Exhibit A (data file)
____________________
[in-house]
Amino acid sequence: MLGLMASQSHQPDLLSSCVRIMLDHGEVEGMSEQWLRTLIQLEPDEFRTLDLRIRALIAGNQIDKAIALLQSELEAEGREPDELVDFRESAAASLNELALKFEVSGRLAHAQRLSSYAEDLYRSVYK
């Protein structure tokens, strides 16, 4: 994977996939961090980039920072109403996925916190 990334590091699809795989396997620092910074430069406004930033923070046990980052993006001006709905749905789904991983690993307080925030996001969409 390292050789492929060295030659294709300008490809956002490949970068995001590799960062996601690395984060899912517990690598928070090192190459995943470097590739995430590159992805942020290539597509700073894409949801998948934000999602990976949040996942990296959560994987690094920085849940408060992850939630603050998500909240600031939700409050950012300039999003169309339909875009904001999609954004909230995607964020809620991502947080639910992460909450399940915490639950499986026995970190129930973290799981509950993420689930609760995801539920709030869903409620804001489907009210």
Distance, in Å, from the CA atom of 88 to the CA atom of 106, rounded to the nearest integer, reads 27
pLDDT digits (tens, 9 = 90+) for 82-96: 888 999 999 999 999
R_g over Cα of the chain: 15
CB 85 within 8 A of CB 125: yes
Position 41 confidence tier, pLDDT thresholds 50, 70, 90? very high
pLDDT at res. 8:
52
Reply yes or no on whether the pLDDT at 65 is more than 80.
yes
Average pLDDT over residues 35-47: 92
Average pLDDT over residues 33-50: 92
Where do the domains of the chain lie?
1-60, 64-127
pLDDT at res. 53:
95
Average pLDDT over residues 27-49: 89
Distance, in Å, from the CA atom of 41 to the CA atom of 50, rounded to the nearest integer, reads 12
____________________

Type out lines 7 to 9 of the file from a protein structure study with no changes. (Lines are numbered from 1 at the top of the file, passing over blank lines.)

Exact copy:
CB 85 within 8 A of CB 125: yes
Position 41 confidence tier, pLDDT thresholds 50, 70, 90? very high
pLDDT at res. 8: